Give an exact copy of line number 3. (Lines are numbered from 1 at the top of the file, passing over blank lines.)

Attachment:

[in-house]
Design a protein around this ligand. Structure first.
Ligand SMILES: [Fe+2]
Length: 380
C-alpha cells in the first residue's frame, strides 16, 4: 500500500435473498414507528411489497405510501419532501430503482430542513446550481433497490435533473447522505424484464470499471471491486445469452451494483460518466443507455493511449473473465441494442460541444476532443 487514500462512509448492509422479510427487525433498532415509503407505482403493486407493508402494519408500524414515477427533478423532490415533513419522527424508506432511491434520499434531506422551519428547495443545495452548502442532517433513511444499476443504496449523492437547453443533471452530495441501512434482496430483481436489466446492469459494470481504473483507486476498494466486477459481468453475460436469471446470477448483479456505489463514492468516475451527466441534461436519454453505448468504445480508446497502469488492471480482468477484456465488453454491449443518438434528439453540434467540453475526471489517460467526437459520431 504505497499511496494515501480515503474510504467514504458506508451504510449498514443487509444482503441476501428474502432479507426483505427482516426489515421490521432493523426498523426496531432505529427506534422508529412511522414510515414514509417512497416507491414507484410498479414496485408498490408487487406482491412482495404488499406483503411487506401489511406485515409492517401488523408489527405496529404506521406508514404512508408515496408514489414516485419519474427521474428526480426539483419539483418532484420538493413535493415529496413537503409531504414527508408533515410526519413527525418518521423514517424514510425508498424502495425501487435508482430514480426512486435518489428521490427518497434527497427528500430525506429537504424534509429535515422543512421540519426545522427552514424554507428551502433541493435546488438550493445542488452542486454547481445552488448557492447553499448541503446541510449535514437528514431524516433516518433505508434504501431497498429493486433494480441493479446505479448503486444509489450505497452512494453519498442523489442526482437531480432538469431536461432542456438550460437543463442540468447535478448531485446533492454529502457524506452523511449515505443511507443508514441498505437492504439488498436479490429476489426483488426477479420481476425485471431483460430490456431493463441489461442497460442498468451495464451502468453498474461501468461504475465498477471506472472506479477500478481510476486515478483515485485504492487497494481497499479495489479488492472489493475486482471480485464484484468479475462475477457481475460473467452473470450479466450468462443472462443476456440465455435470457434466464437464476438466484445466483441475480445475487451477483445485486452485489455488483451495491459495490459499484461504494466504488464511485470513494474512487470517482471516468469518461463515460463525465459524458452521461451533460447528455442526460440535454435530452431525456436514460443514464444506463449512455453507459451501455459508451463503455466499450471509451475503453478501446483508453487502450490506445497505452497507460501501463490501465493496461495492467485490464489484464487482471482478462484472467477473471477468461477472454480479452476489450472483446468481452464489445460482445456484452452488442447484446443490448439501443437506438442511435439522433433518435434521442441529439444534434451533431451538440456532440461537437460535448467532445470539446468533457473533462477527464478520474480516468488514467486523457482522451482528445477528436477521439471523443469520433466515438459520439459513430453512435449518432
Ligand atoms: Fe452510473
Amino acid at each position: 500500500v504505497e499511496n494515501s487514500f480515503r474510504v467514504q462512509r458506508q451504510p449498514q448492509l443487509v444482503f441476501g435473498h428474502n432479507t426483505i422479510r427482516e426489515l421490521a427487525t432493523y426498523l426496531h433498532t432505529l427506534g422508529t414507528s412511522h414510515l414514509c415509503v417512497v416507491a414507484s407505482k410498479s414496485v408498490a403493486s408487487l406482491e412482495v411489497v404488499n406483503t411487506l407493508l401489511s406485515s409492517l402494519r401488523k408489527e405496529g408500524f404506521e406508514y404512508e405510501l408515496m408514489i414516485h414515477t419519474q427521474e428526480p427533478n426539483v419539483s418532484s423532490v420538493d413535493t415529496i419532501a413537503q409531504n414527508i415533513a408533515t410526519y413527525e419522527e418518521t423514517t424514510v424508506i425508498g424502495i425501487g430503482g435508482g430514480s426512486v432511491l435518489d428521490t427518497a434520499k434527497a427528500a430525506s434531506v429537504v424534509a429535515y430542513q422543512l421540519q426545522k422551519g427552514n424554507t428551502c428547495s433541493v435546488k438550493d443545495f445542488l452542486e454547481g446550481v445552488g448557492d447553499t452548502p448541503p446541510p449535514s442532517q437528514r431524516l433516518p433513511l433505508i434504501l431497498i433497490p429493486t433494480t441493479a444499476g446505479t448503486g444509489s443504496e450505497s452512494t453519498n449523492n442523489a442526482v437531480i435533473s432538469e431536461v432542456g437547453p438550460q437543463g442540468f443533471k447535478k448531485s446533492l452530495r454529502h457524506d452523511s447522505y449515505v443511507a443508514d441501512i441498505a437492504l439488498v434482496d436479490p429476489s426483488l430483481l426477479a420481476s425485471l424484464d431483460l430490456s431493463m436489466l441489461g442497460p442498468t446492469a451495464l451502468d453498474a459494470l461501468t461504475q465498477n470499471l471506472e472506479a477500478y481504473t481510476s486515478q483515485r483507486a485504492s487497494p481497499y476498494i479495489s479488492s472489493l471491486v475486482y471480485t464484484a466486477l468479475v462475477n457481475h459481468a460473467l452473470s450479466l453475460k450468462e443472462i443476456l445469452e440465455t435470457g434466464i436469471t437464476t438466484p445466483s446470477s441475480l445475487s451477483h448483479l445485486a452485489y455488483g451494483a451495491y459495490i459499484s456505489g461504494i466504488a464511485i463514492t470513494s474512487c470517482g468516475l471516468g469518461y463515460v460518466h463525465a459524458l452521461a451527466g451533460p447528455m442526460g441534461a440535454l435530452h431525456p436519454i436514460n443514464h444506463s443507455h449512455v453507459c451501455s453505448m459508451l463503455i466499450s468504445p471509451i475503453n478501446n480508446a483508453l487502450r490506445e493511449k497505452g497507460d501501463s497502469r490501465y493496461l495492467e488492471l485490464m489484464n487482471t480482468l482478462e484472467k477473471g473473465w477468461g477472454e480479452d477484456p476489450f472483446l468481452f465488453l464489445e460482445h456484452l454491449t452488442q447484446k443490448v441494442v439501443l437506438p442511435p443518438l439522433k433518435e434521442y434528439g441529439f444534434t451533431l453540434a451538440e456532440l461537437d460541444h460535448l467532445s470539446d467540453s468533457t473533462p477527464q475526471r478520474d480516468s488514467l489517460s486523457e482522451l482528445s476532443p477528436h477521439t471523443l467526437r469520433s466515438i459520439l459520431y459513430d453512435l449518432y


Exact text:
Ligand SMILES: [Fe+2]